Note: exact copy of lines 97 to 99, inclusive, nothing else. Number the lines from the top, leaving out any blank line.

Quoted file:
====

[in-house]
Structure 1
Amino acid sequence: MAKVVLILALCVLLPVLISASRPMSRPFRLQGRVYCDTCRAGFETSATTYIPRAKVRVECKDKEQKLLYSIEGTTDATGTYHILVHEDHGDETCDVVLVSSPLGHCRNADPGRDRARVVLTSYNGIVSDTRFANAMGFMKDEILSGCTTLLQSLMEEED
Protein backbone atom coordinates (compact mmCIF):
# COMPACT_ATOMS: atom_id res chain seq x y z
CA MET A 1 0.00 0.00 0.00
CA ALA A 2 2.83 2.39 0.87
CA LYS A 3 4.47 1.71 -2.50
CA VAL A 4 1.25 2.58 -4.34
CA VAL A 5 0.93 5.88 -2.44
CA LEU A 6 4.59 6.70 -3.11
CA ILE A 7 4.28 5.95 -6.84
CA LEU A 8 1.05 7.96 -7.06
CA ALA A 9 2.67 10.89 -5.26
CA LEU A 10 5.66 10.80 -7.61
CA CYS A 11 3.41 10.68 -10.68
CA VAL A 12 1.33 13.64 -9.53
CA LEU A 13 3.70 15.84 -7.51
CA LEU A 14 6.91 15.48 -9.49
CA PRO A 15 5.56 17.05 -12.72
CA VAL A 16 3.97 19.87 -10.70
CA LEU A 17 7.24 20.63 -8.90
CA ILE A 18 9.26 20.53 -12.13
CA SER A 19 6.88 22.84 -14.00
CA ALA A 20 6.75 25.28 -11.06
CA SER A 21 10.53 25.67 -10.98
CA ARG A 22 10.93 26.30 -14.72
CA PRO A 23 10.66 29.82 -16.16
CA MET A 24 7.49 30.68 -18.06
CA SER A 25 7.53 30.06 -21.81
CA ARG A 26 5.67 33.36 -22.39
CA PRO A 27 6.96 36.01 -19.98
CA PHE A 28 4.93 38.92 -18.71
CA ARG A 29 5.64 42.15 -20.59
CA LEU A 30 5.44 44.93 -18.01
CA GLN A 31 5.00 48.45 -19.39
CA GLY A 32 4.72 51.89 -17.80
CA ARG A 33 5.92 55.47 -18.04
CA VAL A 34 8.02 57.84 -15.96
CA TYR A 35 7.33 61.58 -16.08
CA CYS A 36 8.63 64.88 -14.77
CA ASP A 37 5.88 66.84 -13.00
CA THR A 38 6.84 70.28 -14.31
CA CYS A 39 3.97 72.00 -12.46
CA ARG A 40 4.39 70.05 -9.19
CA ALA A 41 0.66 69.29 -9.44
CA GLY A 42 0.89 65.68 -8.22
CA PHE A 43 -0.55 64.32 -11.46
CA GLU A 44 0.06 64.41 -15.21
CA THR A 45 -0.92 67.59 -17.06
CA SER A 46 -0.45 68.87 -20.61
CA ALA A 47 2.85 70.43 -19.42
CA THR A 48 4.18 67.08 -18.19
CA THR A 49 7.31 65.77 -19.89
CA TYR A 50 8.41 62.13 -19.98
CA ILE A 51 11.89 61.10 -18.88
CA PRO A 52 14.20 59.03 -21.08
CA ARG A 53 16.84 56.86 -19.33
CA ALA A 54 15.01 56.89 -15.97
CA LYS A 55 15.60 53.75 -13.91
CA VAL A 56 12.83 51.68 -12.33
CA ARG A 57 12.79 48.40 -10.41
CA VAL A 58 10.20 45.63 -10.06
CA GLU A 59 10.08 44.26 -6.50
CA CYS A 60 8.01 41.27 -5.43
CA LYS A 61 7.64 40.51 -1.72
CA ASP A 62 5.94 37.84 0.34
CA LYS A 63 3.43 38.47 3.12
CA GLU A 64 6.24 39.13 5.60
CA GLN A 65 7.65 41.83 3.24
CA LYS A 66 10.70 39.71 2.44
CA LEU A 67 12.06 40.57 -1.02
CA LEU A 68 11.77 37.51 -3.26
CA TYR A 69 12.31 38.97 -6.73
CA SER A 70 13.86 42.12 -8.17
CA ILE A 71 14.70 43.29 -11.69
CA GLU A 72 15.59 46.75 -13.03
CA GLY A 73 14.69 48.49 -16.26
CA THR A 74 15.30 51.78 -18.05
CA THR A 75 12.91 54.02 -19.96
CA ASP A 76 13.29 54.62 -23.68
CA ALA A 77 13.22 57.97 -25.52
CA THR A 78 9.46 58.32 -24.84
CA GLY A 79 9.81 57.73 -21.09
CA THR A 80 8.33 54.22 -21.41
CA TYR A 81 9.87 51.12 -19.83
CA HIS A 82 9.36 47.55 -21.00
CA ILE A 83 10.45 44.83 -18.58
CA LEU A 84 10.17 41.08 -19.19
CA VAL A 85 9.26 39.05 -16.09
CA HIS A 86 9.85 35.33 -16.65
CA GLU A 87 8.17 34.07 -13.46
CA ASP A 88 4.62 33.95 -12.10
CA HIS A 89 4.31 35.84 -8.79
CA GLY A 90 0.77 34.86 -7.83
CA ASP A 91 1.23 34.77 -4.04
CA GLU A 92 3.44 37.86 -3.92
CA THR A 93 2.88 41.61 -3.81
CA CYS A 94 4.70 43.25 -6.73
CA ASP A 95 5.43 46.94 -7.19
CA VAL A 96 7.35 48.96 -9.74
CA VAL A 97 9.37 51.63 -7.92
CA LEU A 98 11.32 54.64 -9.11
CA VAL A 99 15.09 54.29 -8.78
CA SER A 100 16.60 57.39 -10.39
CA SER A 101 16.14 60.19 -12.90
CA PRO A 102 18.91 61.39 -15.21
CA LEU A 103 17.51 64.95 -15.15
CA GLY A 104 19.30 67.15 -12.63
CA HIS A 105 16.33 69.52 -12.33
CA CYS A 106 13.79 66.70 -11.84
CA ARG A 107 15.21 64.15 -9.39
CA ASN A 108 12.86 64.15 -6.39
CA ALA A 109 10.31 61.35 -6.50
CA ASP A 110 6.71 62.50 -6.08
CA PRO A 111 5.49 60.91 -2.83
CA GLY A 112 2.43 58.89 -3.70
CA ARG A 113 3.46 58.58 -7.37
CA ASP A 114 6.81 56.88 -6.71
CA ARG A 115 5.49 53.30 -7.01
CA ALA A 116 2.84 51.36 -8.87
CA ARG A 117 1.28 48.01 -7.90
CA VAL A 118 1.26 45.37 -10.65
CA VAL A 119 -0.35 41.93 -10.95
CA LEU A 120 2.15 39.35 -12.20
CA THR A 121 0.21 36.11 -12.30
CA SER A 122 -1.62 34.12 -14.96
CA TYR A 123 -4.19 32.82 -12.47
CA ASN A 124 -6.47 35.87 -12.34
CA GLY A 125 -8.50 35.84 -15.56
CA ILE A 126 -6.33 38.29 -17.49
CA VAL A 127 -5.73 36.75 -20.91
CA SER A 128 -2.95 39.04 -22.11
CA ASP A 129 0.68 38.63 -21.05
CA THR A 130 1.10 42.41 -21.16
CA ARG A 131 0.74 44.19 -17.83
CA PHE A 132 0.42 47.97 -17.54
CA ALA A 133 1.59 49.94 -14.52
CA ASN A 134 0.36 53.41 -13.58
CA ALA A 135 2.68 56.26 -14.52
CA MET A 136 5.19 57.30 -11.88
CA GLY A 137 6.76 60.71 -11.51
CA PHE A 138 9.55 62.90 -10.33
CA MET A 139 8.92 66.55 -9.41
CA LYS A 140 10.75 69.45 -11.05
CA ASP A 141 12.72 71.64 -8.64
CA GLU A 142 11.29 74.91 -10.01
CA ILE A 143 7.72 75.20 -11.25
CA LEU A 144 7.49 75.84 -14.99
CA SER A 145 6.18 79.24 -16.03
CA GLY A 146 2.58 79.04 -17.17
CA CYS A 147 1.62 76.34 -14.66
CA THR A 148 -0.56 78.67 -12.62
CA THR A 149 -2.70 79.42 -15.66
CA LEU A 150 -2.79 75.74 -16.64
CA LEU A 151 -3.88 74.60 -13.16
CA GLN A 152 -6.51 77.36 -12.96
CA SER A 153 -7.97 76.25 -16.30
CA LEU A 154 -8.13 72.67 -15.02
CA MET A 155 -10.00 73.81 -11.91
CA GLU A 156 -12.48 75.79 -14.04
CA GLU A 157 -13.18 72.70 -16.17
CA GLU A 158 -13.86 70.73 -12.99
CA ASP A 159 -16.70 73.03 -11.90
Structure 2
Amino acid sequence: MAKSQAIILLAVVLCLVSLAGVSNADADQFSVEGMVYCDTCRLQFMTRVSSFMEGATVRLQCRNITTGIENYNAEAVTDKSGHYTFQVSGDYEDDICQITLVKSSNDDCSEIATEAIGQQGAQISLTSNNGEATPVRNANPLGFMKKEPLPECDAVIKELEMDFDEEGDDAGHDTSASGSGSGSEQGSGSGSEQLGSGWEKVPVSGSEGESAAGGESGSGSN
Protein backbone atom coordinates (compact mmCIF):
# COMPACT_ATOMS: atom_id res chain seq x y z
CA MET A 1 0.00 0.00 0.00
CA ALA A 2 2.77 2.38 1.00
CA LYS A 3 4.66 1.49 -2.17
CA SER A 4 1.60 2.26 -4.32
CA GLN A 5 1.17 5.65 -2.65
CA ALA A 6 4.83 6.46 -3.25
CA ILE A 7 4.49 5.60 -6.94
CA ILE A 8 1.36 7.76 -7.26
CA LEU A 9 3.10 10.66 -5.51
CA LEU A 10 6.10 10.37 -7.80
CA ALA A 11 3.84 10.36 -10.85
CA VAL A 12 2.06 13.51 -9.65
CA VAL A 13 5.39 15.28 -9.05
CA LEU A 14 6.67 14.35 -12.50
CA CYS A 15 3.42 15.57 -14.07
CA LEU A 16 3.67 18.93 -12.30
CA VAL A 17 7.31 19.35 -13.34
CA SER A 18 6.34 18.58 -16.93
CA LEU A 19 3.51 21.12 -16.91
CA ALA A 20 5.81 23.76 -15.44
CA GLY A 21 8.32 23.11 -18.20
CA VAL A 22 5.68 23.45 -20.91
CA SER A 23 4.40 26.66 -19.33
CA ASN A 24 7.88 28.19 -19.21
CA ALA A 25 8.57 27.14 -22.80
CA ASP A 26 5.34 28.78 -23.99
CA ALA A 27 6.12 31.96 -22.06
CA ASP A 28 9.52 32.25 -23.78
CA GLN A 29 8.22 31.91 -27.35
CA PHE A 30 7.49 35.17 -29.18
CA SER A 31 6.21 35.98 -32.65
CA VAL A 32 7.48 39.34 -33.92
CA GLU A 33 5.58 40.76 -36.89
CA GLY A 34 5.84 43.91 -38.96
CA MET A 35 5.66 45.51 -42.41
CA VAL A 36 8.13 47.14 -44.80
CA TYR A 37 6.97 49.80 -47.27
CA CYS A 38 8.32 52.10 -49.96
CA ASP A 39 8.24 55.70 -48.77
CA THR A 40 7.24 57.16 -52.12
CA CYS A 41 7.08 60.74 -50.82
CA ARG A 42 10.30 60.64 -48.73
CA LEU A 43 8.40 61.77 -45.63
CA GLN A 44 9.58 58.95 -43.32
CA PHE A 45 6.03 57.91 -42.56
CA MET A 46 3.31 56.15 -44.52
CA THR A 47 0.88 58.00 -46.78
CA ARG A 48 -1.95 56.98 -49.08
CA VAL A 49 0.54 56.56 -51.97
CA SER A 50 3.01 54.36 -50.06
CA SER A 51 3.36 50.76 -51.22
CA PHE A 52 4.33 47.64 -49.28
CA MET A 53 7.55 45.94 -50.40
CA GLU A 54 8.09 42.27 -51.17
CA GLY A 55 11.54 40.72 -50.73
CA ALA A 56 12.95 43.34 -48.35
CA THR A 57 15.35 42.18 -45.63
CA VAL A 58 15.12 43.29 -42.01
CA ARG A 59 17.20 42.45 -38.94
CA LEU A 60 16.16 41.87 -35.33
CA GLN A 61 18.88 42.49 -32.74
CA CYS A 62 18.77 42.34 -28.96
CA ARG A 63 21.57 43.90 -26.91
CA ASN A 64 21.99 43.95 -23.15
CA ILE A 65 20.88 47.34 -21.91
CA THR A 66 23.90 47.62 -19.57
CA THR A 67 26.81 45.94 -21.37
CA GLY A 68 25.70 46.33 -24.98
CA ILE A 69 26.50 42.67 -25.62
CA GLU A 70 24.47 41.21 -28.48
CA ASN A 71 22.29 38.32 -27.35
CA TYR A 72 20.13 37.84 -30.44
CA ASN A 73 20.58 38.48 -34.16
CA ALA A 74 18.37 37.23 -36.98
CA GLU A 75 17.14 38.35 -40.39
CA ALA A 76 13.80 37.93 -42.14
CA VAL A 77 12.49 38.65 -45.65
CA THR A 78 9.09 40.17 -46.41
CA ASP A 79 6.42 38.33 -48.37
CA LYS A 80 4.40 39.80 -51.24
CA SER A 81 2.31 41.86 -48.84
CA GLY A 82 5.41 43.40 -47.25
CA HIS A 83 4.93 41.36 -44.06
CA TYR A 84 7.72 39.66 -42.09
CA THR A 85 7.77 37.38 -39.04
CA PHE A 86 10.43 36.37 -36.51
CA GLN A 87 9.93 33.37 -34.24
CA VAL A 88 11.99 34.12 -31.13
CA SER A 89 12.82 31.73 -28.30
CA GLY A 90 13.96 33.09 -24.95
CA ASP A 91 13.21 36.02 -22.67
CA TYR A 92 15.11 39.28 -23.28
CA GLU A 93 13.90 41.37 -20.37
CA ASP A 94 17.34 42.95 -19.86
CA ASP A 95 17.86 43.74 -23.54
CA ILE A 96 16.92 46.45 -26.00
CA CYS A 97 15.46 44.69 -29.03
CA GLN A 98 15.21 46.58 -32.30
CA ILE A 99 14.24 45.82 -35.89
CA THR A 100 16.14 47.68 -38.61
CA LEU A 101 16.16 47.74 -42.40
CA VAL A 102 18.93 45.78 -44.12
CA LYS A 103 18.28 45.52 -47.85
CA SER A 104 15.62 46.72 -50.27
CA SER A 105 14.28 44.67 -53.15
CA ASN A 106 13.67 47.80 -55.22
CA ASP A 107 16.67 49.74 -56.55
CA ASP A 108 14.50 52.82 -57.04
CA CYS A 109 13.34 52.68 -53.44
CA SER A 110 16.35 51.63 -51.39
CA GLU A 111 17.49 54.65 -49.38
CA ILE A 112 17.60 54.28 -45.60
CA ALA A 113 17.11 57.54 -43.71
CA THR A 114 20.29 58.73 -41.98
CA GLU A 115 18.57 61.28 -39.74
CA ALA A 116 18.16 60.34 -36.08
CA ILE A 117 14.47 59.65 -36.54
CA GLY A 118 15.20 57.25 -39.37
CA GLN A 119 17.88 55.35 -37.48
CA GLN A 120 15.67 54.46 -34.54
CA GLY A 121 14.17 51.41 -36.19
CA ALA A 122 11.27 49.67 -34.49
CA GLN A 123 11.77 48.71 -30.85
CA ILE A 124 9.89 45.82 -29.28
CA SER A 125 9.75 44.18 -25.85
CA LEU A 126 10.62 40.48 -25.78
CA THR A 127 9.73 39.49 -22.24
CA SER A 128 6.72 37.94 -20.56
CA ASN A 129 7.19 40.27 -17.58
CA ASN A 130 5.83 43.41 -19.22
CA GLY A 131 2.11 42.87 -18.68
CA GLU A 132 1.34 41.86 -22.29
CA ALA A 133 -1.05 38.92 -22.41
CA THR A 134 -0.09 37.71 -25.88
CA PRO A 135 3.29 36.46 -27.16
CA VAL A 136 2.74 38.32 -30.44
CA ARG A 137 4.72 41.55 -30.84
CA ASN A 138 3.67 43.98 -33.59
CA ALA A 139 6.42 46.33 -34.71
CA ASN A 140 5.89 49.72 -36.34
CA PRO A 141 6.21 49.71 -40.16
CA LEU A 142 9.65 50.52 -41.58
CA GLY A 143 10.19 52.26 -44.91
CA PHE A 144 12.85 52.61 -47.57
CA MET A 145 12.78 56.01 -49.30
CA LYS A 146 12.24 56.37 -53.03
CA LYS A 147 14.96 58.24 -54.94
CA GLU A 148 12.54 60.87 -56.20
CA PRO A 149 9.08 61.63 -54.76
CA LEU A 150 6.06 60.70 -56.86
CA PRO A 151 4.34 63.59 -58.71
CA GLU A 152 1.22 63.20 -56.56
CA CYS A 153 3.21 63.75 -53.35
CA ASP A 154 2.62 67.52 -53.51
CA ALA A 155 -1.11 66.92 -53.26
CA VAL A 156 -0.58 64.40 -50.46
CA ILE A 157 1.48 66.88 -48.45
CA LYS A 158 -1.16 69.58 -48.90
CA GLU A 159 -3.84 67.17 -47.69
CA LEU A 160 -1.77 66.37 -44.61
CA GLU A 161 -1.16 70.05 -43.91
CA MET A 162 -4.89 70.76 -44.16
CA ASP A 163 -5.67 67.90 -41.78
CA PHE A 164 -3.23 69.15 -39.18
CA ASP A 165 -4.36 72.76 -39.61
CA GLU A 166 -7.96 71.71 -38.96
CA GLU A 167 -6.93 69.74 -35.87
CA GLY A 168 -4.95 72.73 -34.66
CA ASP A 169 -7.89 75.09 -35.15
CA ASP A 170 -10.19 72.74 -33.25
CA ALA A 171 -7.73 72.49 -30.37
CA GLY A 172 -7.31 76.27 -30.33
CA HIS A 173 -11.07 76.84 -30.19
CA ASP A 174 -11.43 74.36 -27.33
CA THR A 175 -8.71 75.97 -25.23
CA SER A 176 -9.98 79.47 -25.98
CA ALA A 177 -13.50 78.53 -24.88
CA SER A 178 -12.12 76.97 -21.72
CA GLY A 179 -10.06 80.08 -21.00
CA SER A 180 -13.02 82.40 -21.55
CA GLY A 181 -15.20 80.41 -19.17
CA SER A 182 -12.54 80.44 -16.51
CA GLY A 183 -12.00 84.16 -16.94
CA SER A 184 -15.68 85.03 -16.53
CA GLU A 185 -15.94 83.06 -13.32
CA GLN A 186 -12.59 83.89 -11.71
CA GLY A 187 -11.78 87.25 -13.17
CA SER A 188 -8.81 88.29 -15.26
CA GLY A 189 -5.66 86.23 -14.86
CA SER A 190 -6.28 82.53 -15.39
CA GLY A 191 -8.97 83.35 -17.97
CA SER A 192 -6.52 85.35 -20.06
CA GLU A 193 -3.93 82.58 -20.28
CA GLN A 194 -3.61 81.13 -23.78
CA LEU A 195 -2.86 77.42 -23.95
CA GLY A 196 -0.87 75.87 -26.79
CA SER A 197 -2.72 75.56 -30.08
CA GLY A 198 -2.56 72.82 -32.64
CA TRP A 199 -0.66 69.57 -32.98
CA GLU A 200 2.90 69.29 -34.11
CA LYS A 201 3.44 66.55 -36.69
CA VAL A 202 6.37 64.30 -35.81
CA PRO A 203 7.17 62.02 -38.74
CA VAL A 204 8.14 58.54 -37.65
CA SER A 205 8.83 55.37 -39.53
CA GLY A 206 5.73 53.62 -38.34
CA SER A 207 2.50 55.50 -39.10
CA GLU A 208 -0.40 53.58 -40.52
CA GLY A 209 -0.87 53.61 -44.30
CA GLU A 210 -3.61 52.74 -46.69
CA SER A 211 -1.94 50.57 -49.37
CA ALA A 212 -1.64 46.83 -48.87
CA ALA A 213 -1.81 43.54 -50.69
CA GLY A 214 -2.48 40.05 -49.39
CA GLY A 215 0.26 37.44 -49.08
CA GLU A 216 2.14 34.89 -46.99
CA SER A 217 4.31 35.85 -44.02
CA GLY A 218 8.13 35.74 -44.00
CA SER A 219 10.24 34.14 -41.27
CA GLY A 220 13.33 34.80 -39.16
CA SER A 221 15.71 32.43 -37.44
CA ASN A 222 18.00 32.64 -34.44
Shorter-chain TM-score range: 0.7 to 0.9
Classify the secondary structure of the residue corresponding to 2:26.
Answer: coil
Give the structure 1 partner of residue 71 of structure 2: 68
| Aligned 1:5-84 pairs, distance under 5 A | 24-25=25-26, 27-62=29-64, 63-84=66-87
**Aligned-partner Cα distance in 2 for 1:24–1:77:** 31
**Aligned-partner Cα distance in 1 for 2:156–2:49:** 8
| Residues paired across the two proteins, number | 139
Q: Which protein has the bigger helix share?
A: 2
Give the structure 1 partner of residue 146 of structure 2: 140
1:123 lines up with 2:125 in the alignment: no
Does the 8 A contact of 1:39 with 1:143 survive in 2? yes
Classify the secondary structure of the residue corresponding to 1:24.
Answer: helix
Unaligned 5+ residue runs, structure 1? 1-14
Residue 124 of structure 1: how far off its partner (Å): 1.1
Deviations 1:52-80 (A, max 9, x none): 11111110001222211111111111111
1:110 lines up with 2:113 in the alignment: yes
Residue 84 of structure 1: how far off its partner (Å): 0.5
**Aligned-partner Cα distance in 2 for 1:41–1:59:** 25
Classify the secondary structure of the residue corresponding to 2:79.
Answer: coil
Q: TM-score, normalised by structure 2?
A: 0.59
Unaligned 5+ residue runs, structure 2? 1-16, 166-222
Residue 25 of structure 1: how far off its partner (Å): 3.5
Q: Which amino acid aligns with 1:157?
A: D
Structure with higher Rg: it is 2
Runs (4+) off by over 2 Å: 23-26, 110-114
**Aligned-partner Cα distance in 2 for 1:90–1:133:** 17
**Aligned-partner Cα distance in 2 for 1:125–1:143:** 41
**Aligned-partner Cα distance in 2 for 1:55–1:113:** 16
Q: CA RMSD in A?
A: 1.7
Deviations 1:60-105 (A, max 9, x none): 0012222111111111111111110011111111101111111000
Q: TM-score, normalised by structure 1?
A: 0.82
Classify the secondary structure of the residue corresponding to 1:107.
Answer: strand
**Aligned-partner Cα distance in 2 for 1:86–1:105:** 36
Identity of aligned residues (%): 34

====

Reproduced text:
CA GLU A 92 3.44 37.86 -3.92
CA THR A 93 2.88 41.61 -3.81
CA CYS A 94 4.70 43.25 -6.73